Medically reviewed by Drugs.com. Last updated on Jun 6, 2023.
Intestinal metaplasia (IM) is a condition that changes the cells that line your stomach or esophagus. The cells are changed into or replaced by cells that line your intestines. When IM happens in the esophagus, it is called Barrett esophagus. IM is a precancer lesion. This means it is not cancer yet, but it may develop into cancer over time. IM can be a sign that you are at a very high risk for gastric (stomach) or esophageal cancer. The type of cancer depends on where you have IM.
Seek care immediately if:
- You have bloody bowel movements, bloody vomit, or vomit that looks like coffee grounds.
- You have sudden, sharp stomach pain that does not go away or spreads to your back.
- You have trouble breathing after you vomit.
- You have trouble swallowing, or pain with swallowing.
Call your doctor or gastroenterologist if:
- Your symptoms do not improve with treatment.
- You feel full after eating only a small amount of food.
- You lose weight without trying.
- You have questions or concerns about your condition or care.
You may need any of the following:
- Antibiotics are used to kill the bacteria. You may need to take this medicine for 10 to 14 days. Your healthcare provider will prescribe at least 2 antibiotics at the same time.
- Antiulcer medicines help decrease the amount of acid that is normally made by the stomach. These help relieve pain and heal or prevent ulcers.
- Bismuth is a liquid or tablet that may be used to decrease heartburn, upset stomach, or diarrhea. It may also decrease swelling in your stomach and help kill the infection if other medicines do not work. It also protects ulcers from stomach acid so they can heal.
- Medicines may be given to decrease stomach acid.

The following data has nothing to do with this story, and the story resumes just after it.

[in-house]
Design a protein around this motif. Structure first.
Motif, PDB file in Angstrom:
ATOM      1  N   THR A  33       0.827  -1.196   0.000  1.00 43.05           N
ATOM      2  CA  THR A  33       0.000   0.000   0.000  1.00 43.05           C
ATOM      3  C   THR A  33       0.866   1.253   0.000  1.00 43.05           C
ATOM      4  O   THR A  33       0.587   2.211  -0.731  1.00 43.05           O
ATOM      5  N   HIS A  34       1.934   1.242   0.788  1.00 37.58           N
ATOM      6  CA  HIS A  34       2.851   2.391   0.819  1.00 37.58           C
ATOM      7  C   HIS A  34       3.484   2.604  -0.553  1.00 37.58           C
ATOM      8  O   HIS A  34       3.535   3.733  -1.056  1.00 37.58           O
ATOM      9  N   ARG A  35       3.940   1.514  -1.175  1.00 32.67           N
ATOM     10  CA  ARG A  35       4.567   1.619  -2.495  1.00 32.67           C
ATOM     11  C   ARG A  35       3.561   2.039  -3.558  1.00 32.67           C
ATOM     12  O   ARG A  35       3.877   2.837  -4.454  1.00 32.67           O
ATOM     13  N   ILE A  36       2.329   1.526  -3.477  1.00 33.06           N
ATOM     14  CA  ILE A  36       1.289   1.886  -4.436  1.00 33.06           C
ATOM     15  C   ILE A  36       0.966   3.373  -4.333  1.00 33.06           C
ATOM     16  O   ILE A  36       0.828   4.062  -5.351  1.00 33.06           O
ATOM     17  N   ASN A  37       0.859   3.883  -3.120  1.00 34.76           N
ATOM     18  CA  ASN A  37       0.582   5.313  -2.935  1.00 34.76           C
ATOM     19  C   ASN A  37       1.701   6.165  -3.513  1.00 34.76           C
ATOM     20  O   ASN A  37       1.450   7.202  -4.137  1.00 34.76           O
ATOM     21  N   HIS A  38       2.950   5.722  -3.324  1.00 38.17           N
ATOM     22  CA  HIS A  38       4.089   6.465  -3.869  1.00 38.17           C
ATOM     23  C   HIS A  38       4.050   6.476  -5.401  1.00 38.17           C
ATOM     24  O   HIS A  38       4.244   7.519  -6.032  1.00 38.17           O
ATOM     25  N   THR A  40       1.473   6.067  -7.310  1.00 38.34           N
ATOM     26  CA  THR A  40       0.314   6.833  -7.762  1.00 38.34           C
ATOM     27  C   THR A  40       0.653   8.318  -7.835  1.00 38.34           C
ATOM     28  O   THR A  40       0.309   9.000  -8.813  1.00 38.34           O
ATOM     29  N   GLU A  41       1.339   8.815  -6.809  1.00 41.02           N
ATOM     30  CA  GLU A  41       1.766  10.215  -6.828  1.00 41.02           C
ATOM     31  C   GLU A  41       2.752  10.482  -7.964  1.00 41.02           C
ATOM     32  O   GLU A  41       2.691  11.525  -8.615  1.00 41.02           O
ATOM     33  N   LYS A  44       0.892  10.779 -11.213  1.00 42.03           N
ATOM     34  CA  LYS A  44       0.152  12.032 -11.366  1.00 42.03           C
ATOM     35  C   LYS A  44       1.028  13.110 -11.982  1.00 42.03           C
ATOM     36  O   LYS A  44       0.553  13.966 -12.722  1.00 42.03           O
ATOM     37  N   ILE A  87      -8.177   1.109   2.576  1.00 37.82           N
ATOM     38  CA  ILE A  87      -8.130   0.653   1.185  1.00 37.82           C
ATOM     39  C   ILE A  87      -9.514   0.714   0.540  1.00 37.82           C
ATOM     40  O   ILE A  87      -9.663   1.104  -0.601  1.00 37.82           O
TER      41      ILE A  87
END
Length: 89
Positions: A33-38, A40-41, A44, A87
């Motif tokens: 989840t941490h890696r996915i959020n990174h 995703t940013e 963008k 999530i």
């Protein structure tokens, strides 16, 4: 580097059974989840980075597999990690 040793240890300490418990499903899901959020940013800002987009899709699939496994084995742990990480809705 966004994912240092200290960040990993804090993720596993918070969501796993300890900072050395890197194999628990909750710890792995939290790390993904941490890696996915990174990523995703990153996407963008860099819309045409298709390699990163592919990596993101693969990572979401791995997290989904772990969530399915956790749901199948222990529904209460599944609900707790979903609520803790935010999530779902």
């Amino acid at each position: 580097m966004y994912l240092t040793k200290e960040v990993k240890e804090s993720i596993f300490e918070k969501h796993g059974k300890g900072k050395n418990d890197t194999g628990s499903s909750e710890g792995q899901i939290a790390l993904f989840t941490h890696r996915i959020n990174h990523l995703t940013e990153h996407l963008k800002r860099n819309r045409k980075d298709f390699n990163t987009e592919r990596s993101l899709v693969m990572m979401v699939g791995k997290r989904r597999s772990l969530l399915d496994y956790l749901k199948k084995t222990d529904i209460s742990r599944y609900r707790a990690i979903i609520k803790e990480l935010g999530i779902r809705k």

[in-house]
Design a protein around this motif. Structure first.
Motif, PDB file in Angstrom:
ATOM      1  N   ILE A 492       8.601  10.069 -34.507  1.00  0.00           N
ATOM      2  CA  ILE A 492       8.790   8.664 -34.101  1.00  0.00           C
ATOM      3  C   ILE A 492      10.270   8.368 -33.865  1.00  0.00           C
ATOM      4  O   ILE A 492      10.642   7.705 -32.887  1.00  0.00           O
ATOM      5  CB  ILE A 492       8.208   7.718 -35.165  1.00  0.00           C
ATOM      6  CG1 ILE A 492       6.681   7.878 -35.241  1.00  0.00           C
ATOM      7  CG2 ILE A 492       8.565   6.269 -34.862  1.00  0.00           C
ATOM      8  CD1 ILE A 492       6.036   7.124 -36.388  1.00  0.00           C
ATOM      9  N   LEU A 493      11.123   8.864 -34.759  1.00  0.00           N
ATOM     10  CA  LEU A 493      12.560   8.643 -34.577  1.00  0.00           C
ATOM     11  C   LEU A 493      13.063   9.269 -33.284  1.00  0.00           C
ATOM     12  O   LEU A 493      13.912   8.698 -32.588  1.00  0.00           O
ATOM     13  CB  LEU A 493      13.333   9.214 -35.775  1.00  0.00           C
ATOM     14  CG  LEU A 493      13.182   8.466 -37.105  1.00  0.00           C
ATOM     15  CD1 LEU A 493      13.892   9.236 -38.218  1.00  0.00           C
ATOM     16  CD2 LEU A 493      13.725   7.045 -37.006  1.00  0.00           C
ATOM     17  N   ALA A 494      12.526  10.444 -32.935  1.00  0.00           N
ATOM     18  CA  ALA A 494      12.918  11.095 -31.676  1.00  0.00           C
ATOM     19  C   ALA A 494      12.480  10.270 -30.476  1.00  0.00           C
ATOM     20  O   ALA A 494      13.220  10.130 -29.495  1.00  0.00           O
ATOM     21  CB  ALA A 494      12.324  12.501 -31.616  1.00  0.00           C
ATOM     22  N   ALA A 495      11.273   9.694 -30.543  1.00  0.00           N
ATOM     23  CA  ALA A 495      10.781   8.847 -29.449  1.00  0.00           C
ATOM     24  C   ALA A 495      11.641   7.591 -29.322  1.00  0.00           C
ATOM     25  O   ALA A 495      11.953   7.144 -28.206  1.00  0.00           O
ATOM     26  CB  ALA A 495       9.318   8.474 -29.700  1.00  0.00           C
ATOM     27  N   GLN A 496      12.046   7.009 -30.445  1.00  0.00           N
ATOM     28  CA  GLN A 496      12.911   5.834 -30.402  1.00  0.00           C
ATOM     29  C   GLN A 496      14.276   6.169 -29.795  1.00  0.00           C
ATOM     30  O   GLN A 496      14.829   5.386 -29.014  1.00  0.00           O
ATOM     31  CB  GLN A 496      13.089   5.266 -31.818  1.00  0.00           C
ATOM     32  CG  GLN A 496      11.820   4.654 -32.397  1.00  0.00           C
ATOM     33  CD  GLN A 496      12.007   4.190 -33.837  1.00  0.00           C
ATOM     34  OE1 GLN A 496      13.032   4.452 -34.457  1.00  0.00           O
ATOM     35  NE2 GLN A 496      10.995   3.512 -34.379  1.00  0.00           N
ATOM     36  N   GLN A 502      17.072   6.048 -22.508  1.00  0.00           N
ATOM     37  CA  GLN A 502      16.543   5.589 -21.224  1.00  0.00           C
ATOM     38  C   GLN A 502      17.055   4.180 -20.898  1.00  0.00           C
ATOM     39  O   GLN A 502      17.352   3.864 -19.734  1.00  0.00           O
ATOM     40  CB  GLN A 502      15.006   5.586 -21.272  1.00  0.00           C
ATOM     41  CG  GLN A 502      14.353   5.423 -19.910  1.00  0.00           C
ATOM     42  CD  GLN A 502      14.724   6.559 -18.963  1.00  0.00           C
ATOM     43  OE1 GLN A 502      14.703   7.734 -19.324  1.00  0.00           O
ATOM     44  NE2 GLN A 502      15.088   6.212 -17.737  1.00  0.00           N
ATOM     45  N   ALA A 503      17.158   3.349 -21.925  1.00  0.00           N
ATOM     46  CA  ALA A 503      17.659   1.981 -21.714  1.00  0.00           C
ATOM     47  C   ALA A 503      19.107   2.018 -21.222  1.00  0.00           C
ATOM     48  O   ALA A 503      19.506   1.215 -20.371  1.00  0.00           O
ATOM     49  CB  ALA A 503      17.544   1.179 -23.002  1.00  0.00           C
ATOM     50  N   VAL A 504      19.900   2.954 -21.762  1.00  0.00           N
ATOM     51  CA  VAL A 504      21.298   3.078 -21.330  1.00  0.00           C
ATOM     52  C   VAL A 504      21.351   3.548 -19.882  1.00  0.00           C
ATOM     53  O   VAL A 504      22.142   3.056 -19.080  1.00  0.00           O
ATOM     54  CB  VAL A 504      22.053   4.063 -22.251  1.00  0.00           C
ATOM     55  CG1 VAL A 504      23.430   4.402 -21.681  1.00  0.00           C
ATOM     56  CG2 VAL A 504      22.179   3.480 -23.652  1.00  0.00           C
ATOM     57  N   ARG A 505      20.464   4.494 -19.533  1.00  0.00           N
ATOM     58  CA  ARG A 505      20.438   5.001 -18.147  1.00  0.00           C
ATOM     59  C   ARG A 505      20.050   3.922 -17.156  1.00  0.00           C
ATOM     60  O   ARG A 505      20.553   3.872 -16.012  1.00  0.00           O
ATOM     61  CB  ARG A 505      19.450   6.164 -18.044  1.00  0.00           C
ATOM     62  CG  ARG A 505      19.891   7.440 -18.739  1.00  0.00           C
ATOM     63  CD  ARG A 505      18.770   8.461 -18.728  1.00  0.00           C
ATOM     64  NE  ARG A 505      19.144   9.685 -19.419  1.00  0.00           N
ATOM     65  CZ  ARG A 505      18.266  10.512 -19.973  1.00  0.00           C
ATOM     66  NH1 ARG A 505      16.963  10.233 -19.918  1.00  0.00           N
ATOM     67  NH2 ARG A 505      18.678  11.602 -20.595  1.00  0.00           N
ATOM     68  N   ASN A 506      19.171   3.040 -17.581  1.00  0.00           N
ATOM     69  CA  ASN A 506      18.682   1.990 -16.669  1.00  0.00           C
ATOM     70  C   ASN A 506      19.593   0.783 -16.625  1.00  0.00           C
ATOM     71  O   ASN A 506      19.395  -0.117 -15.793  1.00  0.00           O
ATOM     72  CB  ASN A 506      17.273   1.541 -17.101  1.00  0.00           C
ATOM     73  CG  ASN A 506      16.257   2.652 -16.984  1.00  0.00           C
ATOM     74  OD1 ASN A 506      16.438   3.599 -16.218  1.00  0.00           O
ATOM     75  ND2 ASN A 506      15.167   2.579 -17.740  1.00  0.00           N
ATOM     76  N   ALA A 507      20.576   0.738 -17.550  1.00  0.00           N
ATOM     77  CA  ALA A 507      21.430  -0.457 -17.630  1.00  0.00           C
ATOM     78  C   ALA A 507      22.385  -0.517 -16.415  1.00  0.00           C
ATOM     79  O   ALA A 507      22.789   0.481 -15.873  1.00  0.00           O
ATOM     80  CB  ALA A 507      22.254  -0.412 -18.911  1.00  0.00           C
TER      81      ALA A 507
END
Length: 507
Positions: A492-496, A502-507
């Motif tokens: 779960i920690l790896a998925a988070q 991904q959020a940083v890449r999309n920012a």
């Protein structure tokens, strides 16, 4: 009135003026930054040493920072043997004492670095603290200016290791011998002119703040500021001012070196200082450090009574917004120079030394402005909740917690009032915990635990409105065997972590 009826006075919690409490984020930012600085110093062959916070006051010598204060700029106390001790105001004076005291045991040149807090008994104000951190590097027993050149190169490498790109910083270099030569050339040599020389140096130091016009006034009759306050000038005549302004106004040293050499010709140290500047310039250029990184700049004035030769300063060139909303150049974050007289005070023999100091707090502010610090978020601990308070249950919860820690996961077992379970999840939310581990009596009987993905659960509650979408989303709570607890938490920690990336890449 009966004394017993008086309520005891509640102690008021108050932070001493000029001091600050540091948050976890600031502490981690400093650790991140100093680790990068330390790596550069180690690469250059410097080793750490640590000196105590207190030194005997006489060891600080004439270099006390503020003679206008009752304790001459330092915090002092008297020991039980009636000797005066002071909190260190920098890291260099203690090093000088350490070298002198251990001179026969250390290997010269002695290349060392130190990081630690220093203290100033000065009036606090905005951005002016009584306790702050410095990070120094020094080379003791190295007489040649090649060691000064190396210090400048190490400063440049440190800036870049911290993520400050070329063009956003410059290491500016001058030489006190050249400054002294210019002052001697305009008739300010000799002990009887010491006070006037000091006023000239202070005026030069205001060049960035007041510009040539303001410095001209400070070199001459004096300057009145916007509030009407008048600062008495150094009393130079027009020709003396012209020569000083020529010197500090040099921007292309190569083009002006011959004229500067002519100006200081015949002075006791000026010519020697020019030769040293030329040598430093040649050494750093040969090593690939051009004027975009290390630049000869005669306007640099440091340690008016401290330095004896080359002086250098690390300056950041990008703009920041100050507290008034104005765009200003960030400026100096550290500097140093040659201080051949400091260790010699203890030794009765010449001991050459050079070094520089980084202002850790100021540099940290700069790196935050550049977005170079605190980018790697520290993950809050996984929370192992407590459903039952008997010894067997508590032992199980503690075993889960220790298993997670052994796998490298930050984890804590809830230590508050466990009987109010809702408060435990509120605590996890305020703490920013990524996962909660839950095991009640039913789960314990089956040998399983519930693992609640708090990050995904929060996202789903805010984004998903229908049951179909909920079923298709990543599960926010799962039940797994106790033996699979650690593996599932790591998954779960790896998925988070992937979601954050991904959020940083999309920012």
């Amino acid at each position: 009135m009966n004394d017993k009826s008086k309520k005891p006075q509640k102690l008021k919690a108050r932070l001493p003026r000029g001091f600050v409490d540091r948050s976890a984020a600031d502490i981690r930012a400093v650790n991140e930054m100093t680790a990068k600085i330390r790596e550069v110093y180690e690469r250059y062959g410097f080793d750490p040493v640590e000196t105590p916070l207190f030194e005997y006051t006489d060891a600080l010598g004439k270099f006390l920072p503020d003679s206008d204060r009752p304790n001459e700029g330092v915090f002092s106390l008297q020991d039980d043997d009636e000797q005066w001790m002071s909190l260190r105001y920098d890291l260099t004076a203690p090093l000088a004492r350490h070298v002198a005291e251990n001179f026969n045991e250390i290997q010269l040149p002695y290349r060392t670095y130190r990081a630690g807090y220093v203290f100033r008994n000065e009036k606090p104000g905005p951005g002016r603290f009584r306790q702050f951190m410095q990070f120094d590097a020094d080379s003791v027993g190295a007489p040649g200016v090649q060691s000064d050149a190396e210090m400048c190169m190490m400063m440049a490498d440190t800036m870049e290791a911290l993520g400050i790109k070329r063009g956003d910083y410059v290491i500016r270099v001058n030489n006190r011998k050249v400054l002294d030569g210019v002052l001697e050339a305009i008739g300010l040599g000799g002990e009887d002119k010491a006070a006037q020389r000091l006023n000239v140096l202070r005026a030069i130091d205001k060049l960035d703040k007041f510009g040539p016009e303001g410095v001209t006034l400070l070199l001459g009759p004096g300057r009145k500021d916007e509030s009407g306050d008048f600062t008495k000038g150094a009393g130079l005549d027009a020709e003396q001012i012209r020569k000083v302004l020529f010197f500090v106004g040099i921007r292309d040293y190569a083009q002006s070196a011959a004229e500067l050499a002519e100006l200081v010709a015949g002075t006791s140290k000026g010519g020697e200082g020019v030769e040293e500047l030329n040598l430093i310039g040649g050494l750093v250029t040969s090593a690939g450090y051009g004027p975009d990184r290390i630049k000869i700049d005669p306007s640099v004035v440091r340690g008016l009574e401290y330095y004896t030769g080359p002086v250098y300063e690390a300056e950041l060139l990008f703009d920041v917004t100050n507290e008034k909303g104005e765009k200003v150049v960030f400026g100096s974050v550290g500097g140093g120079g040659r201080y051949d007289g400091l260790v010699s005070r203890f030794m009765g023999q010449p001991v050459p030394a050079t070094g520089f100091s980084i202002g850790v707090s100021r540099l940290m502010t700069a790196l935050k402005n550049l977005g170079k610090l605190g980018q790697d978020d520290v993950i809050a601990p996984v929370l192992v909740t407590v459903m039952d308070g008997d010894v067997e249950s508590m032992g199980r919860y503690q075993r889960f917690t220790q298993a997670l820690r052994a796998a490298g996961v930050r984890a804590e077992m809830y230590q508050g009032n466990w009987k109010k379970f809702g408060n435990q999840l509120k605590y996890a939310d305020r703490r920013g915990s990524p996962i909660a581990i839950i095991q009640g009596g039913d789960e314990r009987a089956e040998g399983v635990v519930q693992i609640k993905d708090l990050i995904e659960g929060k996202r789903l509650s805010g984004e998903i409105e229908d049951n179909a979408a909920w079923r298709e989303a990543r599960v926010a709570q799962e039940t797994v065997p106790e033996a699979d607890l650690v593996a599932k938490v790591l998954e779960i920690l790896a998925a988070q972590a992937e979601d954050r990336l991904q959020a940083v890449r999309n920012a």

- Take your medicine as directed. Contact your healthcare provider if you think your medicine is not helping or if you have side effects. Tell your provider if you are allergic to any medicine. Keep a list of the medicines, vitamins, and herbs you take. Include the amounts, and when and why you take them. Bring the list or the pill bottles to follow-up visits. Carry your medicine list with you in case of an emergency.
The following can help you prevent or manage symptoms. You may also help lower your risk for stomach or esophageal cancer with healthy lifestyle choices. Examples include eating healthy foods, exercising, and not smoking. Talk to your healthcare provider if you have questions about any of the following:
- Eat healthy foods. Healthy foods include fruit, vegetables, whole-grain breads, low-fat dairy products, beans, lean meats, and fish. Limit or do not eat foods such as salami, corned beef, ham, and bacon. Do not have foods or drinks that may increase heartburn if you have GERD. Examples include fried or fatty foods, spicy foods, onions, tomato-based foods, juice, and soft drinks.
- Do not eat large meals. When you eat a lot of food at one time, your stomach needs more acid to digest it. Eat 6 small meals each day instead of 3 large meals, and eat slowly. Do not eat meals 2 to 3 hours before bedtime.
- Drink liquids as directed. Liquids help your digestive system work correctly. Ask how much liquid to drink each day and which liquids are best for you.
- Exercise as directed. Exercise can help increase your energy level and appetite. Ask your healthcare provider how much exercise you need and which exercises are best for you.
- Elevate the head of your bed if you have GERD. Place 6-inch blocks under the head of your bed frame. You may also use more than one pillow under your head and shoulders while you sleep.
- Do not smoke. Nicotine can damage blood vessels and make it more difficult to manage IM. Smoking also increases your risk for new or returning cancer and delays healing after treatment. Do not use e-cigarettes or smokeless tobacco in place of cigarettes or to help you quit. They still contain nicotine. Ask your healthcare provider for information if you currently smoke and need help quitting.
- Do not drink alcohol. Alcohol can cause more stomach damage. Alcohol also increases the risk for stomach cancer.
Follow up with your doctor or gastroenterologist as directed:
Write down your questions so you remember to ask them during your visits.
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